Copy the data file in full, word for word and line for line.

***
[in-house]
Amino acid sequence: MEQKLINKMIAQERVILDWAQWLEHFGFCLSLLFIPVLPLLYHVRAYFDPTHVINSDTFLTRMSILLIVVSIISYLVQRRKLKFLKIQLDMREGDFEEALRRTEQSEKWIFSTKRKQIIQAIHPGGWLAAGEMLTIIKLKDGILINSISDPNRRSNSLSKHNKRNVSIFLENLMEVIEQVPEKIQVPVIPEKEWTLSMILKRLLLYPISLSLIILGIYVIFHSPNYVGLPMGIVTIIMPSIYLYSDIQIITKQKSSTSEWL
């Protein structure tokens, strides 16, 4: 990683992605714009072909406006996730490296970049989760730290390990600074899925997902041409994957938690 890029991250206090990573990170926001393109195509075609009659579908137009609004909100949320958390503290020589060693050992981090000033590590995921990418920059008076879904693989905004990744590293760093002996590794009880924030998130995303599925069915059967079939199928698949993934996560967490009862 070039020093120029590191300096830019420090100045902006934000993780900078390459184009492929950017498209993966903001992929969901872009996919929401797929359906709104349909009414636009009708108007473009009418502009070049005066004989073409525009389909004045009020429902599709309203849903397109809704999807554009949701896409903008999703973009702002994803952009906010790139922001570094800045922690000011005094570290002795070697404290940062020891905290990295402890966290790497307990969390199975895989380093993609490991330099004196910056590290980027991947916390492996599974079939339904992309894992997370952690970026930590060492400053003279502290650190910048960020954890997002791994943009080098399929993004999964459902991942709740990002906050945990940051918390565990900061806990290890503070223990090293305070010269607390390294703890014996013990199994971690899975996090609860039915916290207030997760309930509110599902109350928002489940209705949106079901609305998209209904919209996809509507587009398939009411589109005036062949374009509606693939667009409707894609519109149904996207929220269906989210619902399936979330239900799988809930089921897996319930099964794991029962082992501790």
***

[in-house]
Amino acid sequence: MEQKLINKMIAQERVILDWAQWLEHFGFCLSLLFIPVLPLLYHVRAYFDPTHVINSDTFLTRMSILLIVVSIISYLVQRRKLKFLKIQLDMREGDFEEALRRTEQSEKWIFSTKRKQIIQAIHPGGWLAAGEMLTIIKLKDGILINSISDPNRRSNSLSKHNKRNVSIFLENLMEVIEQVPEKIQVPVIPEKEWTLSMILKRLLLYPISLSLIILGIYVIFHSPNYVGLPMGIVTIIMPSIYLYSDIQIITKQKSSTSEWL
């Protein structure tokens, strides 16, 4: 990683992605714009072909406006996730490296970049989760730290390990600074899925997902041409994957938690 890029991250206090990573990170926001393109195509075609009659579908137009609004909100949320958390503290020589060693050992981090000033590590995921990418920059008076879904693989905004990744590293760093002996590794009880924030998130995303599925069915059967079939199928698949993934996560967490009862 070039020093120029590191300096830019420090100045902006934000993780900078390459184009492929950017498209993966903001992929969901872009996919929401797929359906709104349909009414636009009708108007473009009418502009070049005066004989073409525009389909004045009020429902599709309203849903397109809704999807554009949701896409903008999703973009702002994803952009906010790139922001570094800045922690000011005094570290002795070697404290940062020891905290990295402890966290790497307990969390199975895989380093993609490991330099004196910056590290980027991947916390492996599974079939339904992309894992997370952690970026930590060492400053003279502290650190910048960020954890997002791994943009080098399929993004999964459902991942709740990002906050945990940051918390565990900061806990290890503070223990090293305070010269607390390294703890014996013990199994971690899975996090609860039915916290207030997760309930509110599902109350928002489940209705949106079901609305998209209904919209996809509507587009398939009411589109005036062949374009509606693939667009409707894609519109149904996207929220269906989210619902399936979330239900799988809930089921897996319930099964794991029962082992501790």